As we see from the above list, most of the navigational problems in the Arctic Ocean are still on the table waiting to be discussed and resolved. In this process however the Council’s position has a vital importance. The Council simply can not effort to act as a private club and isolate itself from the other traditionally maritime nations, who also indicated its interest in the region. It needs to be stronger, therefore, it needs to be more inclusive in its effort to have a unified stand for common navigational problems in the Arctic Ocean. Currently, the Arctic Council’s non-Arctic observer states, members of the IMO, are only given very limited, symbolic or diplomatic, role to play, but in reality, especially when we consider about the activities involving both Arctic Natural Resources and Central Arctic Ocean Shipping, these states should also be regarded as stakeholders. Therefore, their timely inclusion seems to be inevitable if we claim to have a uniform, non-discriminatory set of rules and regulations in a global level. Lastly, inclusive approach would also foster regional stability and security by facilitating united global approach in tackling future Arctic problems.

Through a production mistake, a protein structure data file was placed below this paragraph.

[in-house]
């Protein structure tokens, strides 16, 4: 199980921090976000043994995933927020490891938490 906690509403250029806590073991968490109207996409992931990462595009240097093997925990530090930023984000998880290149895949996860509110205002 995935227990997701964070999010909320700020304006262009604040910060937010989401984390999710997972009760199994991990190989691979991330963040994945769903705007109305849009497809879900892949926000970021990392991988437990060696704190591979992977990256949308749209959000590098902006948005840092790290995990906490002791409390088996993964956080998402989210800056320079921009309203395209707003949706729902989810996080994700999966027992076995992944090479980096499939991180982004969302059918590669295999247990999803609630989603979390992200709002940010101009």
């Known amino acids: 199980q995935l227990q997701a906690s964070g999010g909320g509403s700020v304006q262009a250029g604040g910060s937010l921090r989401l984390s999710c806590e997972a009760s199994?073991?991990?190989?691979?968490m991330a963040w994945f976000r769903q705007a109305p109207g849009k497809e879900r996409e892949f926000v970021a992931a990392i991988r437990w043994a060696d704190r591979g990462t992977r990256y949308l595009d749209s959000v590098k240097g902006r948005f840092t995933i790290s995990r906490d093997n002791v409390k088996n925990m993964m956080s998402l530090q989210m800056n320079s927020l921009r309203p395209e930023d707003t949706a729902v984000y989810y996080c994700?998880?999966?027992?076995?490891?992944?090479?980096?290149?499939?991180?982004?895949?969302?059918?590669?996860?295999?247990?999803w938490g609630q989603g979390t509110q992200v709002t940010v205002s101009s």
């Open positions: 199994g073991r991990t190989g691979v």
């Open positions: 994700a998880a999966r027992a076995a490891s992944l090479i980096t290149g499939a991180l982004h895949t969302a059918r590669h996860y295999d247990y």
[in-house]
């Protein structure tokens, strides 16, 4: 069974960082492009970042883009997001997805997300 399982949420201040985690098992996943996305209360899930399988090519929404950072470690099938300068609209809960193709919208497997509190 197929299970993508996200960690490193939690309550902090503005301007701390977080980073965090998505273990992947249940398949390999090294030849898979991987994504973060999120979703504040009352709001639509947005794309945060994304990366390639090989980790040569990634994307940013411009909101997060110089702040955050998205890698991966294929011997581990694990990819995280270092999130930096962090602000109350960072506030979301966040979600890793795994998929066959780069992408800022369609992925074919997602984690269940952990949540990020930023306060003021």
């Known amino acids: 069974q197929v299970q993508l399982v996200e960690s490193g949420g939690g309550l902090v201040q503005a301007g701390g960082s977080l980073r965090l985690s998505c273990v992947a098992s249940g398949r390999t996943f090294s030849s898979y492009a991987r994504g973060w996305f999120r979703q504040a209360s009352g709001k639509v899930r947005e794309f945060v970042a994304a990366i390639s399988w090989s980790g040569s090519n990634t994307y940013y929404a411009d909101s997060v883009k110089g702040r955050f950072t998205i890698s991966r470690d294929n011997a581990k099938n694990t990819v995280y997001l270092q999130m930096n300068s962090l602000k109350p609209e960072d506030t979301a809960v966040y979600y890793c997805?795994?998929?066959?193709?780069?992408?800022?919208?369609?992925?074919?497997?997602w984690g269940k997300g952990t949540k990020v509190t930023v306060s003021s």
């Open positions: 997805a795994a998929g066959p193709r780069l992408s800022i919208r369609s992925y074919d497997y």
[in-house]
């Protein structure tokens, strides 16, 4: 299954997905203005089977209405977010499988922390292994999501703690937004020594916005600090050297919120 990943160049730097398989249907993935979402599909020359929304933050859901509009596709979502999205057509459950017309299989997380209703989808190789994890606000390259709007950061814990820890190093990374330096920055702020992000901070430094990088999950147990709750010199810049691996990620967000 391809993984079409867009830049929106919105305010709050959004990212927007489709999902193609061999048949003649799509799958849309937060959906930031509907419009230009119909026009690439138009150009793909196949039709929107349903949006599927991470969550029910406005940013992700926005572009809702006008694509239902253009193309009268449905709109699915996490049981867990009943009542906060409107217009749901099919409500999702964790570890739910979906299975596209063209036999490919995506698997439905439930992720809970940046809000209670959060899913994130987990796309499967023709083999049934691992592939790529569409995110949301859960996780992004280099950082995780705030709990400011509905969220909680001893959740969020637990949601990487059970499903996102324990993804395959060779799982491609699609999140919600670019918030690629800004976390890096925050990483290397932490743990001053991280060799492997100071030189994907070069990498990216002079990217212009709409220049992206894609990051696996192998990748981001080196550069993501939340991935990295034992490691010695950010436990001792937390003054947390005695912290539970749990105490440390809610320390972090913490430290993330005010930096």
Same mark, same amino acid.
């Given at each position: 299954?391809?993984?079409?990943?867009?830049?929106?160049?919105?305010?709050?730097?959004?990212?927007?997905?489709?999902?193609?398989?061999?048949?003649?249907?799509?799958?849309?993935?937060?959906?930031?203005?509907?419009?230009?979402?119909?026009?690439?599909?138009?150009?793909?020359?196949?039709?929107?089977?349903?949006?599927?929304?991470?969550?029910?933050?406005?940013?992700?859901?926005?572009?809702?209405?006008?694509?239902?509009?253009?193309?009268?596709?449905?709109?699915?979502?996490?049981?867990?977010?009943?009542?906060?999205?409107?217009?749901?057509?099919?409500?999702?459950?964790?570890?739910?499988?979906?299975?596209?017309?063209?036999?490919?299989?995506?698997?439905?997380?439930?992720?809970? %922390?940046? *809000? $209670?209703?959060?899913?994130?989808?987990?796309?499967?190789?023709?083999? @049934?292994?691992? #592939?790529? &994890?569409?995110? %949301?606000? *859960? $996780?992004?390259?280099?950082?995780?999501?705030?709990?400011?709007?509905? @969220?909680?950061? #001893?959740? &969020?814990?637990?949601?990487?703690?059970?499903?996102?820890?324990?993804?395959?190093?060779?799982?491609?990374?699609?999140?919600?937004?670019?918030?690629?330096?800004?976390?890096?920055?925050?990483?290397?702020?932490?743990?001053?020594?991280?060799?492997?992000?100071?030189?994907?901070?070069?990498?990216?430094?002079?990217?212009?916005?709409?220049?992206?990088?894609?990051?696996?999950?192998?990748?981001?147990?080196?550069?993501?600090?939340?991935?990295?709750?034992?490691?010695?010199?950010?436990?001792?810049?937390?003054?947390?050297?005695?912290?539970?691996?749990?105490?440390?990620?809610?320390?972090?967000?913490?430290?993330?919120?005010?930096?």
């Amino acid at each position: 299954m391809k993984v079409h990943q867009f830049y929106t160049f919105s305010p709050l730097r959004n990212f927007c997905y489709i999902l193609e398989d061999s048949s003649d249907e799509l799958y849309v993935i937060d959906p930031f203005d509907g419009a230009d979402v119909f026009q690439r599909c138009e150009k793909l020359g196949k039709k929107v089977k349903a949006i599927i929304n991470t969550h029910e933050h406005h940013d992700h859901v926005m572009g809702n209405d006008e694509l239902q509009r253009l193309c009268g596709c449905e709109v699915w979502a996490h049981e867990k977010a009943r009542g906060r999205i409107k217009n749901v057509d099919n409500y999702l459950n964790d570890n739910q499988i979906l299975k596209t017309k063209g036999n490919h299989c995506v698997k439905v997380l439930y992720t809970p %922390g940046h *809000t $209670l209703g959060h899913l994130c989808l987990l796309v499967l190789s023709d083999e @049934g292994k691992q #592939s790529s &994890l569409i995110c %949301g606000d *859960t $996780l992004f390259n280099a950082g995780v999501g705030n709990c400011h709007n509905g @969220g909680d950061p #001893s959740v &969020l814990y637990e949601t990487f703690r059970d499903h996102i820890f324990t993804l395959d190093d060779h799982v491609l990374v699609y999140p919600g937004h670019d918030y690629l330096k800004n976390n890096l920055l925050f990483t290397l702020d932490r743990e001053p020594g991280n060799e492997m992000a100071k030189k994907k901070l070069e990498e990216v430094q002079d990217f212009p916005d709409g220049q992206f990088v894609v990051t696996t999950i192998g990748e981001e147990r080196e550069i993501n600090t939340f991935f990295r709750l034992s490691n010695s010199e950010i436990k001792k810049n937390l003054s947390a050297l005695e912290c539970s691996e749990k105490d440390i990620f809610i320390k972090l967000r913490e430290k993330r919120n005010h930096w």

As I indicated in this article, we have all witnessed the Arctic Council’s impact on decision making process. This is an ideal approach to find solutions to regional navigational problems because the IMO has very little in its power to offer unless coastal states -and interested parties- are willing to make an effort to come up with solutions. Considering the long list of problems and difficulty in resolving them, I think the Arctic Council has to go through a transformation. Only stronger and more inclusive Council can overcome the current and upcoming navigational problems in the region. The IMO might have power to have legally binding resolutions for shipping, but it is the Arctic Council’s duty to be more effective and proactive.